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Researchers Discover Meteorite Brought Never-Before-Seen Ingredients for Life

Update Date: Sep 11, 2013 02:16 AM EDT
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Scientists have made a significant finding following a meteorite found in California last year contained organic molecules, suggesting an extraterrestrial source for the evolution of life on Earth.

Researchers at Arizona State University found the so-called Sutter's Mill meteorite, which burst into a spectacular fireball over California in 2012, holds organic molecules not previously detected in any meteorites. This suggests a far greater availability of extraterrestrial organic molecules than previously imagined that could have contributed to molecular evolution on the early Earth.

The rapid recovery of the California meteorite allowed scientists to study for the first time a primitive meteorite with little exposure to the elements, providing the most pristine look yet at the surface of primitive asteroids, a university release said Tuesday.

"Their composition therefore has always been seen as an indication that the precursors to the evolution that led to the origins of life could have come from the extraterrestrial material of meteorites," study lead author Sandra Pizzarello, a biochemist at Arizona State University in Tempe, according to SPACE.com. "Since the origins of life are utterly unknown, the idea has its merits."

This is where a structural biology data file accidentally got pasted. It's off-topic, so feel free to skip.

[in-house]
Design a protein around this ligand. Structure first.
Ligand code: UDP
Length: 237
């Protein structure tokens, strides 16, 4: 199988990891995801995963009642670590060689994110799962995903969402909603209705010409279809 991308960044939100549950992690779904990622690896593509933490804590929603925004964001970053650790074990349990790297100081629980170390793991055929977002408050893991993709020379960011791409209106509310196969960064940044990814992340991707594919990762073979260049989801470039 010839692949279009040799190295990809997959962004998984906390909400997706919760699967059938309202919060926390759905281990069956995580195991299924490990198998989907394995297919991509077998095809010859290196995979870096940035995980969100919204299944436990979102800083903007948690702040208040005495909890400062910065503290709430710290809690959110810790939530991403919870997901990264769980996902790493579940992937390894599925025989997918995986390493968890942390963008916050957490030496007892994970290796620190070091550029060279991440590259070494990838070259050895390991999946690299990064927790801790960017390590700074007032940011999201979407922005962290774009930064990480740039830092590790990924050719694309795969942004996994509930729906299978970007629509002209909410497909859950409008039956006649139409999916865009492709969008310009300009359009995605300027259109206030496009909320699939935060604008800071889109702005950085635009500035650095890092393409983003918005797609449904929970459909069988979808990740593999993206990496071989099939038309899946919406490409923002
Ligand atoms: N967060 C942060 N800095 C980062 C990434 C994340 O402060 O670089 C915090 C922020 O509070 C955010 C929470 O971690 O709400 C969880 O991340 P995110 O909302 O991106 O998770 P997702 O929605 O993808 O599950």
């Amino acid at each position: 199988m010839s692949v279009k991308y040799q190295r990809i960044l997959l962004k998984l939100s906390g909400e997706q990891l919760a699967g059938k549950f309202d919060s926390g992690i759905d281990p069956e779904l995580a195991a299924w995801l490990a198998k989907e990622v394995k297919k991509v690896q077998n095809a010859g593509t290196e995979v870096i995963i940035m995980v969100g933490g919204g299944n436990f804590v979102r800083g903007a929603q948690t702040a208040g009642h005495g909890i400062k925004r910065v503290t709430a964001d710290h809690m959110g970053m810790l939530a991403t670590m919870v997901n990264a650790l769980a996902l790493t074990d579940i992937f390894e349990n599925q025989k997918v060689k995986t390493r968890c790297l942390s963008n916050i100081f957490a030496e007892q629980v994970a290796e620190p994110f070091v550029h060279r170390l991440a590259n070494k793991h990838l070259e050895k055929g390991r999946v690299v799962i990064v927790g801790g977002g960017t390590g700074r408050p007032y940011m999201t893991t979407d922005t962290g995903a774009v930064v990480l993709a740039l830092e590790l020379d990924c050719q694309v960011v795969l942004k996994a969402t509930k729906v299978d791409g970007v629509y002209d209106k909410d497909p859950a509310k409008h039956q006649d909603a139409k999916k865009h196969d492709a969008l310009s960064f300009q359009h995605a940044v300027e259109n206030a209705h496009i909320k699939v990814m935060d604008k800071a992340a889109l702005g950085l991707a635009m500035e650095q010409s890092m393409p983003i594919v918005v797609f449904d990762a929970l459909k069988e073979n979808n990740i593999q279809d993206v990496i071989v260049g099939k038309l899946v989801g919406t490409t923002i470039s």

The organic chemicals in meteorites can be removed with the aid of solvents. Speculation regarding the origin of life is based on the notion that it arose from a "prebiotic" soup of organic molecules, perhaps delivered in part by meteorites.

Initially, fragments of the Sutter's Mill meteorite apparently possessed fewer dissolvable organic compounds left after solvent extraction compared to other similar meteorites.

"You may say that it was a disappointment," Pizzarello said.

However, the researchers at Arizona State University tried dissolving the fragments in conditions mimicking hydrothermal vents on Earth, the environment often seen in the early Earth that life might have arisen within. Upon such treatment, the rocks released organic molecules not previously detected in similar meteorites. The findings that suggest there are far more organic materials available via meteorite for planetary environments than scientists assumed. 

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